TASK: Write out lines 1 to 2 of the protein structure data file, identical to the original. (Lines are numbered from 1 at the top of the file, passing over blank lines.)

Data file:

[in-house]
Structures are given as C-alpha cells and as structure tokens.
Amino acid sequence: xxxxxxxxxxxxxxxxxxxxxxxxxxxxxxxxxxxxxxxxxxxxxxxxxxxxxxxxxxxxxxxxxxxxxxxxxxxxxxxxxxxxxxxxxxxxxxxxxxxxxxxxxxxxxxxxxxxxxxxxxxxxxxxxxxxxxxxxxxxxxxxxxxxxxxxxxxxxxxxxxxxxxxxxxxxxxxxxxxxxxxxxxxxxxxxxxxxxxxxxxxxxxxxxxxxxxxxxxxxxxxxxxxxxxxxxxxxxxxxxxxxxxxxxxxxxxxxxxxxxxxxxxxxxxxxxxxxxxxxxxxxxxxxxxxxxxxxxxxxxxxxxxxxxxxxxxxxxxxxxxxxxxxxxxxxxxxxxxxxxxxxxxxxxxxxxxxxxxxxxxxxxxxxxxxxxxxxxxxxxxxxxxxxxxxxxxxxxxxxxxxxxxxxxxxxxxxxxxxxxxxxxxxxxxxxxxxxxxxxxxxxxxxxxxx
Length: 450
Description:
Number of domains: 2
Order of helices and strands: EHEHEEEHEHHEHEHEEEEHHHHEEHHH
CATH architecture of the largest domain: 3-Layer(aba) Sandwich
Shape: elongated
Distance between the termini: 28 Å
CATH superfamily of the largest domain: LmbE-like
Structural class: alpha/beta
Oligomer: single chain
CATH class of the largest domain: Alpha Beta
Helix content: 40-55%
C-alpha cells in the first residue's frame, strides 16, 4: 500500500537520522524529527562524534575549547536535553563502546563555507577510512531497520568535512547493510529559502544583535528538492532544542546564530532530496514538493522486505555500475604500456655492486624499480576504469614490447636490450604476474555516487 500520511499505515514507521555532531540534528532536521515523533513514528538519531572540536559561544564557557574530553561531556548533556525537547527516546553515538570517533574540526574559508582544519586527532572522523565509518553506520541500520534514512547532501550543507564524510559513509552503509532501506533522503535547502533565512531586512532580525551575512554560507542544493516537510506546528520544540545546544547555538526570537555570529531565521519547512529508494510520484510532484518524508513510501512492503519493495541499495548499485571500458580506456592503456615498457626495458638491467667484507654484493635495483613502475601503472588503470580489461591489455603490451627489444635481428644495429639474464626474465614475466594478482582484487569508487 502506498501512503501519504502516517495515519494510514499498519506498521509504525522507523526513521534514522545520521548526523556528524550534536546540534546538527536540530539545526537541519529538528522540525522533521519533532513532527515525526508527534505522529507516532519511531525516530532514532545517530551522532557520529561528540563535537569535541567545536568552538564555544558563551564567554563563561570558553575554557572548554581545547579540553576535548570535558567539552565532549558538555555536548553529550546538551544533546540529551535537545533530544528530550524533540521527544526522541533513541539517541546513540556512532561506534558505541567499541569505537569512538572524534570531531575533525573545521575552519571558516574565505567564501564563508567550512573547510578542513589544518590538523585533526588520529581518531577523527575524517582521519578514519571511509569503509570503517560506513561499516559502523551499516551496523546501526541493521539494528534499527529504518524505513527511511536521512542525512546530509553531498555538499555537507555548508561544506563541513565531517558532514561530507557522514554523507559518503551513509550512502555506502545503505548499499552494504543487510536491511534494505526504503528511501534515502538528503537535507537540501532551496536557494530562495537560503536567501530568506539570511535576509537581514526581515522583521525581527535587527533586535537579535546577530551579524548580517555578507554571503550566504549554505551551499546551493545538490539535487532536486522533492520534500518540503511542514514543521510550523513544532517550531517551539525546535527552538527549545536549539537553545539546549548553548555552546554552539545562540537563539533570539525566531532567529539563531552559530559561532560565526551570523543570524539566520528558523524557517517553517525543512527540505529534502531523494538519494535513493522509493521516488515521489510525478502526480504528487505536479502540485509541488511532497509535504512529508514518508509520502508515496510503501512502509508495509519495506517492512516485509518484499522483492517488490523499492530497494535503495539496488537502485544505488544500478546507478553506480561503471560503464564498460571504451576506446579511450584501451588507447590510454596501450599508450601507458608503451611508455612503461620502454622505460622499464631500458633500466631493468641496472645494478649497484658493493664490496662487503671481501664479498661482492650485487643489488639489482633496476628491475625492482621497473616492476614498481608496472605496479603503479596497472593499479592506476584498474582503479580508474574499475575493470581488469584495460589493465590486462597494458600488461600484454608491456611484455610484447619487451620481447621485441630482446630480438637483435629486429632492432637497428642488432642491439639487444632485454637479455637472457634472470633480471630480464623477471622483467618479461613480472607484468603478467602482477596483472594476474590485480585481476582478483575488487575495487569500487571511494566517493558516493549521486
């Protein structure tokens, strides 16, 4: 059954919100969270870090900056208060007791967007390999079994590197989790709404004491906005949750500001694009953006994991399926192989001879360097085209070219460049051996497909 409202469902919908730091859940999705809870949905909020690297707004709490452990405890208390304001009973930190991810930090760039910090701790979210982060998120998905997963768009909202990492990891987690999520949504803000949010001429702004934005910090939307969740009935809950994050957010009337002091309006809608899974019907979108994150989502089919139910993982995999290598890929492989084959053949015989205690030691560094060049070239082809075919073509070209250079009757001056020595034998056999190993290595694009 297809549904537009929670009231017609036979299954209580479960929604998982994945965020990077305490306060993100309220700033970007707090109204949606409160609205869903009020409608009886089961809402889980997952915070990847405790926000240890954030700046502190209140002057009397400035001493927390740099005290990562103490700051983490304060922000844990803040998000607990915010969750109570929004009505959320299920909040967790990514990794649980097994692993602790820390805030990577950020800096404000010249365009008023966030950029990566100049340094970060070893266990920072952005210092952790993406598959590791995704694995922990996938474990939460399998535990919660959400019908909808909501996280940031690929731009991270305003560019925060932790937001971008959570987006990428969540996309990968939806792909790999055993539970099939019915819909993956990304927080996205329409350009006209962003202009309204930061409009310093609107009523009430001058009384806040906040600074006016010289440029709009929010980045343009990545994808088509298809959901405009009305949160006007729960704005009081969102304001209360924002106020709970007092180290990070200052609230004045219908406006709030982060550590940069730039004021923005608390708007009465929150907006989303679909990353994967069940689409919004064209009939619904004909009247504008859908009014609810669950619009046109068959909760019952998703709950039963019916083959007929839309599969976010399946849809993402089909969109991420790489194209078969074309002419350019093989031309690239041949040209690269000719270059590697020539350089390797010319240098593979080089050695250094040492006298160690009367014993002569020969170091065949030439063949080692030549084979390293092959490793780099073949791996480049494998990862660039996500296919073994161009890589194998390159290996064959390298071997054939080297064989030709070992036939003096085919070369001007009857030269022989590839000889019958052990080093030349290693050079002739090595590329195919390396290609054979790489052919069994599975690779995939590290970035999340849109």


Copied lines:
[in-house]
Structures are given as C-alpha cells and as structure tokens.